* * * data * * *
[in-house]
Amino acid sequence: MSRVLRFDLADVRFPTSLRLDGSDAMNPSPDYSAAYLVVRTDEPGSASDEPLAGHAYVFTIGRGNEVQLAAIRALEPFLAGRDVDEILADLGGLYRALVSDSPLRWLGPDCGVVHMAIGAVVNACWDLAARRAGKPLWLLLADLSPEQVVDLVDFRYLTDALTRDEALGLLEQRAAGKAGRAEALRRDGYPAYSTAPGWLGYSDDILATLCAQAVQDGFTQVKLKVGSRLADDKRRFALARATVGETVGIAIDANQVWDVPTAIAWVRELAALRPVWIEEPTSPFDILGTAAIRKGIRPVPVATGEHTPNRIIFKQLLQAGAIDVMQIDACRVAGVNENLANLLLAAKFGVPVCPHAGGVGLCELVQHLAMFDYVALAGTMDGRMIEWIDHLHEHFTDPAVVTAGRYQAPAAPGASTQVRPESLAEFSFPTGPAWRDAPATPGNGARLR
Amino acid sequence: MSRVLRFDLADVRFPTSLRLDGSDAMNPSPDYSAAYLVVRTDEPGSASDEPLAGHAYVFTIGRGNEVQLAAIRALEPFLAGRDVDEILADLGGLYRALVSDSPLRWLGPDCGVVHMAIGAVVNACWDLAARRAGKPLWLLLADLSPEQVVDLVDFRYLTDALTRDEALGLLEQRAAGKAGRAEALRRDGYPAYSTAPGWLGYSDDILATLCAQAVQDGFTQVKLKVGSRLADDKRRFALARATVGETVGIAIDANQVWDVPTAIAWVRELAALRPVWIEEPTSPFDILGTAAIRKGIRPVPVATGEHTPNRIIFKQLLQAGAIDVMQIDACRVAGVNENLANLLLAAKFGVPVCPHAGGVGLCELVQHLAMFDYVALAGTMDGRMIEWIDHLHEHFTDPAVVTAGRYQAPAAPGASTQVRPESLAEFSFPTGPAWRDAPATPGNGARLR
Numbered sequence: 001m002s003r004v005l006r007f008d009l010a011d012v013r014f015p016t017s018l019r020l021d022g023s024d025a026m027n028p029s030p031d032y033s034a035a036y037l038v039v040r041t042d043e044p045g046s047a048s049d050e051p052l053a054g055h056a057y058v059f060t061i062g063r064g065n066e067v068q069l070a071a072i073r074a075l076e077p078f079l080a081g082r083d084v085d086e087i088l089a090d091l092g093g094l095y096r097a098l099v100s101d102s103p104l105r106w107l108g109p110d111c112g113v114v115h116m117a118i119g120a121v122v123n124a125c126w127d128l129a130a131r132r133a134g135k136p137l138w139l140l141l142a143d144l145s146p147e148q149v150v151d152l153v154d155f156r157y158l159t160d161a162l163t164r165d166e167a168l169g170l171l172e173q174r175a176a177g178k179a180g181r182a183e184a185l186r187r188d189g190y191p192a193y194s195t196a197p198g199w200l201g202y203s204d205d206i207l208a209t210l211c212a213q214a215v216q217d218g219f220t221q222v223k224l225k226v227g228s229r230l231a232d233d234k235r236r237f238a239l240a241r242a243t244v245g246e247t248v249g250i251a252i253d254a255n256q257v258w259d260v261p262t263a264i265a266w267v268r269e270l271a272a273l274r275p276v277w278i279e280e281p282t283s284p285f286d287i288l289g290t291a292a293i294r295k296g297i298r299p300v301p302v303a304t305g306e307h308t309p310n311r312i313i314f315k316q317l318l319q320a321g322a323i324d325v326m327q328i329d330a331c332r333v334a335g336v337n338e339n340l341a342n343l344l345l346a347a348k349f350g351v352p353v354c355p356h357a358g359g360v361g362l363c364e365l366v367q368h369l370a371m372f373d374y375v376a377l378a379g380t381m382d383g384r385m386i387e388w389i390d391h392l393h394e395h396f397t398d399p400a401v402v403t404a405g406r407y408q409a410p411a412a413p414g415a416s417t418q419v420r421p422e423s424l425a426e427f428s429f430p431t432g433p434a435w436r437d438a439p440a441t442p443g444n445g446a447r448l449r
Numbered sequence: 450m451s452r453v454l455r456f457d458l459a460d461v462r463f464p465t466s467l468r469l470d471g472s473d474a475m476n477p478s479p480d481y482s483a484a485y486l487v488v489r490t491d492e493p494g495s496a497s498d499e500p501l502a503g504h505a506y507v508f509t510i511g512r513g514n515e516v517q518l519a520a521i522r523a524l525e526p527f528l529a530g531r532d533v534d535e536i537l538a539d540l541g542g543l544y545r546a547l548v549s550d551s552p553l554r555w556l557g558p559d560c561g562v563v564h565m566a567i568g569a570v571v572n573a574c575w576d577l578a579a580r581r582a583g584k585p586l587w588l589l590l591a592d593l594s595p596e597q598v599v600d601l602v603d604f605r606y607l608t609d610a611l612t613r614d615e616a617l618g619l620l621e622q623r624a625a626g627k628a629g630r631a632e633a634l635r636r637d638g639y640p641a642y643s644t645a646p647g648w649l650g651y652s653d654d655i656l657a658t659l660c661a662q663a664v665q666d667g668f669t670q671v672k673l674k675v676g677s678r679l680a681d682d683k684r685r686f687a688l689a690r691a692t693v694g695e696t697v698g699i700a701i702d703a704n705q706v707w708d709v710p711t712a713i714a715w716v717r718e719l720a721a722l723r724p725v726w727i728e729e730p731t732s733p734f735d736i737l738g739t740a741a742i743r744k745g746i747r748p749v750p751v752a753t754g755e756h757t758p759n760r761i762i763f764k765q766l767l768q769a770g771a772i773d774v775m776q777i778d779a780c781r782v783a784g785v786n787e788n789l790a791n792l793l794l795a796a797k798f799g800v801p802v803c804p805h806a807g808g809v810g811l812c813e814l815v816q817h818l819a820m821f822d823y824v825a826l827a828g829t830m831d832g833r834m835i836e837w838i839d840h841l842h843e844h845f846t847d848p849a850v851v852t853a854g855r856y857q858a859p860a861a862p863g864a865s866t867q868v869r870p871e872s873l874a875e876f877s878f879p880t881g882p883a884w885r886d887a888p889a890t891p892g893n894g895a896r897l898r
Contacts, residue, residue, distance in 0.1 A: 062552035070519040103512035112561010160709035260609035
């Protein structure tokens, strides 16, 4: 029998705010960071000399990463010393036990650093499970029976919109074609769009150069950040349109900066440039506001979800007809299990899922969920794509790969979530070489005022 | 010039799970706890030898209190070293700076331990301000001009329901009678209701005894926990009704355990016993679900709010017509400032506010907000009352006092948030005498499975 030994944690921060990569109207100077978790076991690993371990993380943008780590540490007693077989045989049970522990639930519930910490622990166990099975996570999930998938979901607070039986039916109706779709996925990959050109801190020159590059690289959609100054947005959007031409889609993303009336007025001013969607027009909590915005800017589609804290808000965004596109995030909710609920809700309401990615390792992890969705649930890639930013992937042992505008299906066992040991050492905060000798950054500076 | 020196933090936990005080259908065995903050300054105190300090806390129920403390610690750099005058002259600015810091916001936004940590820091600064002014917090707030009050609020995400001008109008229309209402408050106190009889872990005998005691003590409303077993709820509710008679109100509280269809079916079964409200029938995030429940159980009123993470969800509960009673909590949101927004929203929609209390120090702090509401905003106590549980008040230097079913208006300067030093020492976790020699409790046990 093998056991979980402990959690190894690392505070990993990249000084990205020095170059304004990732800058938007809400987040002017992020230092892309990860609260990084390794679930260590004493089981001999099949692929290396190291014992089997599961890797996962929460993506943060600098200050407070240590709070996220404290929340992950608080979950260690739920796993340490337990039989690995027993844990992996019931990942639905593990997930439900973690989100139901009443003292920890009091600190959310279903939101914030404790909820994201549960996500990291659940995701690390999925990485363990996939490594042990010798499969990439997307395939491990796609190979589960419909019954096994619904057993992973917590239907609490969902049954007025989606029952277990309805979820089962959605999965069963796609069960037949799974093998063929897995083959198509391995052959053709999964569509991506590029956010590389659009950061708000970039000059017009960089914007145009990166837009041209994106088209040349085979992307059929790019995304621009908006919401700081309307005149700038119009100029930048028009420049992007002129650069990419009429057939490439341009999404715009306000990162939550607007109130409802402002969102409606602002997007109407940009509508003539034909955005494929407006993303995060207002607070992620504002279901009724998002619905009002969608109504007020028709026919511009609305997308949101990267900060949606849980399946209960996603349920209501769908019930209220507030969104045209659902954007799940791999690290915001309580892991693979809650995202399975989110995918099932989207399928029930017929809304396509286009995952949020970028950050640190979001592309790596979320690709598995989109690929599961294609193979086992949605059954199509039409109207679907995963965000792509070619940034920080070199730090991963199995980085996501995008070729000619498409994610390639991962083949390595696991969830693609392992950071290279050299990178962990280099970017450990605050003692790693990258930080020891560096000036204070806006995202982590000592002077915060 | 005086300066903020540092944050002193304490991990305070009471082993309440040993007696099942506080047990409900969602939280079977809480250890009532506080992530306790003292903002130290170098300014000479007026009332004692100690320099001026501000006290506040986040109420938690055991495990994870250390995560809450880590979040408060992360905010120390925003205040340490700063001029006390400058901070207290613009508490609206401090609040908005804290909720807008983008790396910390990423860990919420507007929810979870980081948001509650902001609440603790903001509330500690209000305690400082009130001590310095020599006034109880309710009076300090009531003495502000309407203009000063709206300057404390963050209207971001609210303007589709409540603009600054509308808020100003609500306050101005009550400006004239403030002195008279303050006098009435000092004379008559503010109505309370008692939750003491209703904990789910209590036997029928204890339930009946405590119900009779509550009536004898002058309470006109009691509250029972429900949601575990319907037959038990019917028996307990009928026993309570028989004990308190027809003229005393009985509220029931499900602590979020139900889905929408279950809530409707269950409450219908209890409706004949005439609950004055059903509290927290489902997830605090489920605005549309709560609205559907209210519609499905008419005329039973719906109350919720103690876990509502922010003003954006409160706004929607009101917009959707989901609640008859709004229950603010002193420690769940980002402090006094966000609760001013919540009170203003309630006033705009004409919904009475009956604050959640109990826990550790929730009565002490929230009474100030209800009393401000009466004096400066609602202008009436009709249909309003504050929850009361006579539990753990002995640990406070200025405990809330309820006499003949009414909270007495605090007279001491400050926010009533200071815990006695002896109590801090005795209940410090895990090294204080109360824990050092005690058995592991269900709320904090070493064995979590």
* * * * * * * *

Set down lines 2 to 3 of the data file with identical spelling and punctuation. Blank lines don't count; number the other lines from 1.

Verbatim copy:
Amino acid sequence: MSRVLRFDLADVRFPTSLRLDGSDAMNPSPDYSAAYLVVRTDEPGSASDEPLAGHAYVFTIGRGNEVQLAAIRALEPFLAGRDVDEILADLGGLYRALVSDSPLRWLGPDCGVVHMAIGAVVNACWDLAARRAGKPLWLLLADLSPEQVVDLVDFRYLTDALTRDEALGLLEQRAAGKAGRAEALRRDGYPAYSTAPGWLGYSDDILATLCAQAVQDGFTQVKLKVGSRLADDKRRFALARATVGETVGIAIDANQVWDVPTAIAWVRELAALRPVWIEEPTSPFDILGTAAIRKGIRPVPVATGEHTPNRIIFKQLLQAGAIDVMQIDACRVAGVNENLANLLLAAKFGVPVCPHAGGVGLCELVQHLAMFDYVALAGTMDGRMIEWIDHLHEHFTDPAVVTAGRYQAPAAPGASTQVRPESLAEFSFPTGPAWRDAPATPGNGARLR
Amino acid sequence: MSRVLRFDLADVRFPTSLRLDGSDAMNPSPDYSAAYLVVRTDEPGSASDEPLAGHAYVFTIGRGNEVQLAAIRALEPFLAGRDVDEILADLGGLYRALVSDSPLRWLGPDCGVVHMAIGAVVNACWDLAARRAGKPLWLLLADLSPEQVVDLVDFRYLTDALTRDEALGLLEQRAAGKAGRAEALRRDGYPAYSTAPGWLGYSDDILATLCAQAVQDGFTQVKLKVGSRLADDKRRFALARATVGETVGIAIDANQVWDVPTAIAWVRELAALRPVWIEEPTSPFDILGTAAIRKGIRPVPVATGEHTPNRIIFKQLLQAGAIDVMQIDACRVAGVNENLANLLLAAKFGVPVCPHAGGVGLCELVQHLAMFDYVALAGTMDGRMIEWIDHLHEHFTDPAVVTAGRYQAPAAPGASTQVRPESLAEFSFPTGPAWRDAPATPGNGARLR